Poisson/exponential process with step-wise decreasing rate

In summary, the conversation revolves around the concept of non-homogeneous Poisson distribution where the rate parameter decreases as a function of the number of events rather than time. The question posed is about the average number of events, variance, and other features of the distribution in this scenario. The conversation also touches upon the average time and variance until a certain number of events have taken place, which can be calculated by summing the mean and variance of each exponentially distributed time interval. The original question remains unanswered, seeking a simple way to calculate the mean number of events in a fixed time period.
  • #1
NotEuler
55
2
So I've been stuck on trying to figure out the following problem. This is basically just for my own interest, not for a school problem or anything like that. It came out of trying to get my head around Poisson and exponential distributions.

Imagine you have a process where you have a fixed time T during which events happen. Now if the events all happened at a fixed rate λ, then the number of events that have taken place by time T would be Poisson distributed.

But what if the rate parameter decreases after each event? That is, we start with λ1, but after the first event, the rate parameter decreases to λ2<λ1. And after the second event, it decreases to λ3<λ2, and so on.

What, if anything can we now say about the average number of events that take place in the fixed time interval T? Or about the variance, or other features of the distribution of this number of events?

If I understand correctly, a non-homogeneous Poisson distribution would describe the process if the rate parameter decreased as a function of time. But in my example, it decreases as a function of the number of events. And the time intervals between the events are random.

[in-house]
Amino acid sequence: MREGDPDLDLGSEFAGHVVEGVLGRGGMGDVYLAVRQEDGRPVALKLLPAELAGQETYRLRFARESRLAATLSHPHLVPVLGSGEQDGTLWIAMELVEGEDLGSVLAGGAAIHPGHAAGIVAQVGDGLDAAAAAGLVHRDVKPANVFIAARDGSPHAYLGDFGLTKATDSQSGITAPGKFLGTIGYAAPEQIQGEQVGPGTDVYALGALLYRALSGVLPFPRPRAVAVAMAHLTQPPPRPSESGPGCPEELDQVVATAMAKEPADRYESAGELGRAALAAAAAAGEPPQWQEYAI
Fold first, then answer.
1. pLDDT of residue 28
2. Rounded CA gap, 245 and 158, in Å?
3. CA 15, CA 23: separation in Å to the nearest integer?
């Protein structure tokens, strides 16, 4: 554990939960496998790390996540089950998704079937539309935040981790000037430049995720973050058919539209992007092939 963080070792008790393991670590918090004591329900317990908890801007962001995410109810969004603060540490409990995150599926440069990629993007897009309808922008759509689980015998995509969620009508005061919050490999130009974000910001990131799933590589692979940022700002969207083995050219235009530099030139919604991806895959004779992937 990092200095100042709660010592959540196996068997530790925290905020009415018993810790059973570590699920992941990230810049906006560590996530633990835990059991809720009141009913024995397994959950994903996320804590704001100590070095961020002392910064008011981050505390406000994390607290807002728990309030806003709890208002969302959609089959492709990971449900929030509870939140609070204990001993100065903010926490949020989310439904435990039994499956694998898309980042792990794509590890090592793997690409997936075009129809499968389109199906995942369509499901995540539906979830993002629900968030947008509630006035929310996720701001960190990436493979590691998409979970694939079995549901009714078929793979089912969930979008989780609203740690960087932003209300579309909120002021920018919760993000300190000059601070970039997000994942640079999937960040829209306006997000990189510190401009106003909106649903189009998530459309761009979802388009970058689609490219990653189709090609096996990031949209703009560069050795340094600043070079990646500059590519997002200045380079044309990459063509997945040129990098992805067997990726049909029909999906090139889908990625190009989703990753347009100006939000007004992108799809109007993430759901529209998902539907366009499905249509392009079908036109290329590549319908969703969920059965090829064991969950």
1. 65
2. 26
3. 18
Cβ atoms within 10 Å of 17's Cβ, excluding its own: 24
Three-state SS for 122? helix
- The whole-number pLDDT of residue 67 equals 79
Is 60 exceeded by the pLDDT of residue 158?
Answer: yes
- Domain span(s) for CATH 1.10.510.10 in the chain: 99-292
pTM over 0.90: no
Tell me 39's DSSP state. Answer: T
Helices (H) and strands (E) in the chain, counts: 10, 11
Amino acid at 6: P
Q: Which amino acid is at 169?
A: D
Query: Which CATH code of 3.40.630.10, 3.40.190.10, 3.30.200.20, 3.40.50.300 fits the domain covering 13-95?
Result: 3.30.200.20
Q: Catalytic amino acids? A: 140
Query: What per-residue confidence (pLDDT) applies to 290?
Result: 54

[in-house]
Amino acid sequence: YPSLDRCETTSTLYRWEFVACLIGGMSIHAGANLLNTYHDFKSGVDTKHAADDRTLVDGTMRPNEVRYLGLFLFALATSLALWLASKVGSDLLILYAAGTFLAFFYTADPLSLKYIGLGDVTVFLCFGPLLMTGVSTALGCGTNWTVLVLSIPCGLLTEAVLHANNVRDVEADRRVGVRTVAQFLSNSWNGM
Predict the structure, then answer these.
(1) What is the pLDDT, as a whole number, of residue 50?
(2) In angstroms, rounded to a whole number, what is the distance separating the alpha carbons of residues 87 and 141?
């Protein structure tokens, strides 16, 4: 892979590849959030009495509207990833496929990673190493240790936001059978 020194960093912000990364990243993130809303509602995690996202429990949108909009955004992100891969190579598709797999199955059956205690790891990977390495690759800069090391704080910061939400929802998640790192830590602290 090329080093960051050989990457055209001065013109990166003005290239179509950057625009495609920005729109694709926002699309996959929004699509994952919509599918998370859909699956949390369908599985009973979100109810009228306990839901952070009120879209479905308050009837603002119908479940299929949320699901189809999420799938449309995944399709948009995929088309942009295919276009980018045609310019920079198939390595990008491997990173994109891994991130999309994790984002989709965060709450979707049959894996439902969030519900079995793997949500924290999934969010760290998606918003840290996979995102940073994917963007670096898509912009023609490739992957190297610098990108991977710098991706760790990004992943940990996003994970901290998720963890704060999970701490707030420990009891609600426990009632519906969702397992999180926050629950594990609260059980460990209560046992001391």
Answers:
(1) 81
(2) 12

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  • #2
A brief addition: It seems that it's quite easy to find the average time until n events have taken place.
Each time interval is exponentially distributed, with mean duration 1/λ1, 1/λ2 and so on.

Because of additivity of the mean, the mean until n events have taken place is then simply sum of the means: 1/λ1+1/λ2+...+1/λn.
Similarly, variance in the time until n events have taken place is 1/λ12+1/λ22+...+1/λn2.

Does this seem correct?

Still, my original intention was to figure out the mean number of events if the period of time is considered fixed. I'm curious if this can be done in a simple way.
 

Related to Poisson/exponential process with step-wise decreasing rate

1. What is a Poisson/exponential process with step-wise decreasing rate?

A Poisson/exponential process with step-wise decreasing rate is a stochastic process in which events occur randomly over time, following a Poisson distribution. The rate at which events occur decreases at specific points in time, creating a "step-wise" pattern.

2. How is this process different from a regular Poisson process?

In a regular Poisson process, the rate at which events occur remains constant over time. In a Poisson/exponential process with step-wise decreasing rate, the rate decreases at specific points in time, resulting in a non-constant rate.

3. What is the significance of using a step-wise decreasing rate in this process?

A step-wise decreasing rate allows for an event to occur more frequently at the beginning of the process and less frequently as time goes on. This can model real-life situations where there is an initial burst of activity followed by a decrease in frequency.

4. How is the rate of decrease determined in this process?

The rate of decrease is determined by the parameters of the process, such as the initial rate and the timing of the decreases. These parameters can be adjusted to fit the specific needs of the model being used.

5. What are some real-life applications of a Poisson/exponential process with step-wise decreasing rate?

This type of process can be used to model the spread of infectious diseases, the decay of radioactive materials, or the failure rate of mechanical systems. It can also be applied in finance to model stock prices or in economics to model consumer behavior.

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